The ideal gas law is a thermodynamic equation that describes the relationship between the pressure, volume, temperature, and amount of a gas. It is written as PV = nRT, where P is pressure, V is volume, n is the number of moles, R is the gas constant, and T is temperature. This equation is used to solve for any of the variables, as long as the other three are known. It is commonly used in chemistry and physics to calculate the properties of gases.

## 2. What is the difference between absolute and gauge pressure?

Absolute pressure is the total pressure exerted by a gas, including atmospheric pressure. It is measured relative to a perfect vacuum. Gauge pressure, on the other hand, is the pressure above atmospheric pressure. It is often used to measure the pressure of a gas in a closed system, such as a tire or a scuba tank.

## 3. How do temperature and pressure affect the volume of a gas?

According to Charles's Law, the volume of a gas is directly proportional to its temperature, as long as the pressure and amount of gas remain constant. This means that as the temperature increases, the volume of the gas will also increase. On the other hand, according to Boyle's Law, the volume of a gas is inversely proportional to its pressure, as long as the temperature and amount of gas remain constant. This means that as the pressure increases, the volume of the gas will decrease.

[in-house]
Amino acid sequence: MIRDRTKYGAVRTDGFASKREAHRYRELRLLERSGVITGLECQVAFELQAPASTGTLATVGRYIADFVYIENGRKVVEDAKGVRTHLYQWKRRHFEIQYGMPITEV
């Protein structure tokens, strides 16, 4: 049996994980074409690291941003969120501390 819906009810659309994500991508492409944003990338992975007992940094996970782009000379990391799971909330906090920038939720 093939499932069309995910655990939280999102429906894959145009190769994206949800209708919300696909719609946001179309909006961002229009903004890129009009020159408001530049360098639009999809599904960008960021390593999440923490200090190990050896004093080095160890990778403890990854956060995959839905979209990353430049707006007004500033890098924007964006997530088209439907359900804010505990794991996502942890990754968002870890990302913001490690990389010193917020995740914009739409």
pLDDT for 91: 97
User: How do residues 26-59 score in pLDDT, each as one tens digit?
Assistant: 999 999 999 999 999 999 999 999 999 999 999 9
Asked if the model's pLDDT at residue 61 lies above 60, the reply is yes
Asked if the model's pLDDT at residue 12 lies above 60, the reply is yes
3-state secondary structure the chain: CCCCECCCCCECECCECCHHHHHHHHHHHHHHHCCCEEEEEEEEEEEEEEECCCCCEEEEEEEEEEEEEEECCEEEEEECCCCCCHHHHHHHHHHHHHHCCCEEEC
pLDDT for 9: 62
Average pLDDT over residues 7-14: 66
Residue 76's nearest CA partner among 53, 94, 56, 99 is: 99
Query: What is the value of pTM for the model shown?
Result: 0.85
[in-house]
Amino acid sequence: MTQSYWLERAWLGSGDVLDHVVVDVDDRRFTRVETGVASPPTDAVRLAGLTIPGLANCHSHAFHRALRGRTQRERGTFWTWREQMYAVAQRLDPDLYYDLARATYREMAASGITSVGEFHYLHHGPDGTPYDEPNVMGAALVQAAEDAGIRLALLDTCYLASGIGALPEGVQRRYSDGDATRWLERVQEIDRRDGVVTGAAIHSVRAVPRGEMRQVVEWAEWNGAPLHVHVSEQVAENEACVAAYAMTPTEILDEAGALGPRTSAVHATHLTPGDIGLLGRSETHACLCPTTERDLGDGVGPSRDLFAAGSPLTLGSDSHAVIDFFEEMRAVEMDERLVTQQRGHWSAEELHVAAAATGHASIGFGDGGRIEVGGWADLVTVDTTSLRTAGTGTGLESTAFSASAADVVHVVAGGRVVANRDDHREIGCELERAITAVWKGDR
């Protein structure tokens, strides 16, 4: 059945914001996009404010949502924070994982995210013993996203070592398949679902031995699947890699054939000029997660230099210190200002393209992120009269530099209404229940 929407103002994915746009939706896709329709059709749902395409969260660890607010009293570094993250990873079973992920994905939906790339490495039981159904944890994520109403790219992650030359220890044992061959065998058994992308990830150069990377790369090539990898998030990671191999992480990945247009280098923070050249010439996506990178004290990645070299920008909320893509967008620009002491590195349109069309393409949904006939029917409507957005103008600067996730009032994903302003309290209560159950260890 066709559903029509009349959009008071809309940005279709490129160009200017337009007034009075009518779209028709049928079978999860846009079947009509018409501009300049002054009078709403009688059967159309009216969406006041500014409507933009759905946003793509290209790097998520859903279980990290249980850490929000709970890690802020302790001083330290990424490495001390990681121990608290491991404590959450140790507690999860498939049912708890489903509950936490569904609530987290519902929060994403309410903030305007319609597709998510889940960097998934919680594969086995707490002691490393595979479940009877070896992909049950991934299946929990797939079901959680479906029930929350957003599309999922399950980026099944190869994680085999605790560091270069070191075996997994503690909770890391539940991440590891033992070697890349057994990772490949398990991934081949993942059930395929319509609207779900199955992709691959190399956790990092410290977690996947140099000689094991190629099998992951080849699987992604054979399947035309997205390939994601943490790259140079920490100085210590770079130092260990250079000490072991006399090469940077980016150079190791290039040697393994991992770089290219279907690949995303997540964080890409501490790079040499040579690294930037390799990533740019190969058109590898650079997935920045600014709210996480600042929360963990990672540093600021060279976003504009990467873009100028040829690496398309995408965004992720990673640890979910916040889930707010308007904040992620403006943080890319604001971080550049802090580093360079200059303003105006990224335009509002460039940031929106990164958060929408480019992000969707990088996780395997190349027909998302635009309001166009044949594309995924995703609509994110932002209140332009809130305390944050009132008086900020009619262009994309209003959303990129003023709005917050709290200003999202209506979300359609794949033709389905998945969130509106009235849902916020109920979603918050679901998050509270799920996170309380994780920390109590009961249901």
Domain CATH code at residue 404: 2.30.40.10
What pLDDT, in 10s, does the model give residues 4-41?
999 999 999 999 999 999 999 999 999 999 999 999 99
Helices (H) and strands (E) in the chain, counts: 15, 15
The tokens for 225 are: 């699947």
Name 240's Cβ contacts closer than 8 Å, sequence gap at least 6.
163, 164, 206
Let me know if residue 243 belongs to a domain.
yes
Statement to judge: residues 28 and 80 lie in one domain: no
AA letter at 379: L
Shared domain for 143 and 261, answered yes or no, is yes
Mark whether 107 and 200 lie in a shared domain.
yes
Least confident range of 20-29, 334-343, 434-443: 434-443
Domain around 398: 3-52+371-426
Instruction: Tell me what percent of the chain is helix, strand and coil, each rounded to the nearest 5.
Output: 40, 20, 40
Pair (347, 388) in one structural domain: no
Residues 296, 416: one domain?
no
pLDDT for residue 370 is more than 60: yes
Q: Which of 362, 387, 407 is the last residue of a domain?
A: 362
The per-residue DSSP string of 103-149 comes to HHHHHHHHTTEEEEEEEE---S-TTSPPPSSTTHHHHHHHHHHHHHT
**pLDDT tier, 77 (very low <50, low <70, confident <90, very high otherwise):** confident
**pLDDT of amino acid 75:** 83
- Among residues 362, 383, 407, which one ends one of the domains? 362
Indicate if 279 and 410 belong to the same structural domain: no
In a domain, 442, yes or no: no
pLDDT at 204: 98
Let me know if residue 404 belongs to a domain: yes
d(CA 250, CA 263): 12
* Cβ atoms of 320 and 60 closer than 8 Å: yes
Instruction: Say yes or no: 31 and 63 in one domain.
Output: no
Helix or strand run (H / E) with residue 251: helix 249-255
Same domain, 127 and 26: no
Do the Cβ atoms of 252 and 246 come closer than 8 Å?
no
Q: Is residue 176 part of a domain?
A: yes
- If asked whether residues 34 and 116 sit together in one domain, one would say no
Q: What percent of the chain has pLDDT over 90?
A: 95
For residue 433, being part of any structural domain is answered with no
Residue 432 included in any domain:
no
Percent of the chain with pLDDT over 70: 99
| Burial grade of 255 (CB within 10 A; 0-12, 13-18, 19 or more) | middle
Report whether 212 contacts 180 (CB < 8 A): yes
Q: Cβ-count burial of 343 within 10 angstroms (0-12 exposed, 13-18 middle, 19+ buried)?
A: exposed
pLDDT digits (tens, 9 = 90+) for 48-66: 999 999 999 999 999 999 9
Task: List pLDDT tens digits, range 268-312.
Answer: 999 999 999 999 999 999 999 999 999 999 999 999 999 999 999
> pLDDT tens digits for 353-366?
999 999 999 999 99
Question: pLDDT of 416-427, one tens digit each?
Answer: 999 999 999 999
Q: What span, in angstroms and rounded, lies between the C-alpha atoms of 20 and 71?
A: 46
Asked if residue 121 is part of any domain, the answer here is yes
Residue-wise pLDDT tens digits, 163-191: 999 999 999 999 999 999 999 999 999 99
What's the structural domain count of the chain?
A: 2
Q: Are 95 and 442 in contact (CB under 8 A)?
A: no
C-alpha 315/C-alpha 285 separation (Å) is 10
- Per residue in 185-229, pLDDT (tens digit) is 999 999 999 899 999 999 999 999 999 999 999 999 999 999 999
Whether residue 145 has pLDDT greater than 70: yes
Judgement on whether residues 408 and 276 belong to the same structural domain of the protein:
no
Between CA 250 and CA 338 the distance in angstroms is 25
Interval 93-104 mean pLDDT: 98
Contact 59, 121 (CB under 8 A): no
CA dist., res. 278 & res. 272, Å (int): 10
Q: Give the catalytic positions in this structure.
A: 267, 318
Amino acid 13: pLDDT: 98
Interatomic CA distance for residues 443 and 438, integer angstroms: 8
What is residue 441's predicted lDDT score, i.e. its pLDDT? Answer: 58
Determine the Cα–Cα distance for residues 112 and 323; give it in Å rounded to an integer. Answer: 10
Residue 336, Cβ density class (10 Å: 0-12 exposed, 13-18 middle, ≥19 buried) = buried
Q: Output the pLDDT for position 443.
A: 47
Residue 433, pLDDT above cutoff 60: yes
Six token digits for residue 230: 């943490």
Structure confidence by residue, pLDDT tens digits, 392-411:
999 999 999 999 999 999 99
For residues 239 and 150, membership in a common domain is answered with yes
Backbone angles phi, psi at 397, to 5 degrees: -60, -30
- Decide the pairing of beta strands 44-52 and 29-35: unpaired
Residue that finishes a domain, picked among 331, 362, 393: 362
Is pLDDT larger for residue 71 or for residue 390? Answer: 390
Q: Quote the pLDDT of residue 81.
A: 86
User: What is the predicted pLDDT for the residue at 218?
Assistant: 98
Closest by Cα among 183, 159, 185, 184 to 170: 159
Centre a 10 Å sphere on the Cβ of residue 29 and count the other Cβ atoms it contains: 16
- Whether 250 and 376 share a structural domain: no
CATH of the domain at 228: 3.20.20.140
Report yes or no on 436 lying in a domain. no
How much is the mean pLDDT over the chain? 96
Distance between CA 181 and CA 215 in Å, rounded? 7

## 4. How do you convert between units of pressure?

To convert between units of pressure, you can use the following conversions: 1 atm = 101.325 kPa = 760 mmHg = 14.7 psi. Simply multiply or divide by the appropriate conversion factor to convert from one unit to another. It is important to make sure that the units cancel out correctly in the calculation.

## 5. How do you determine the partial pressure of a gas in a mixture?

The partial pressure of a gas in a mixture is the pressure that the gas would exert if it were the only gas present in the container at the same temperature and volume. To determine the partial pressure, you can use Dalton's Law of Partial Pressures, which states that the total pressure of a gas mixture is equal to the sum of the partial pressures of each gas in the mixture. This can be calculated by multiplying the total pressure by the mole fraction of the gas in the mixture.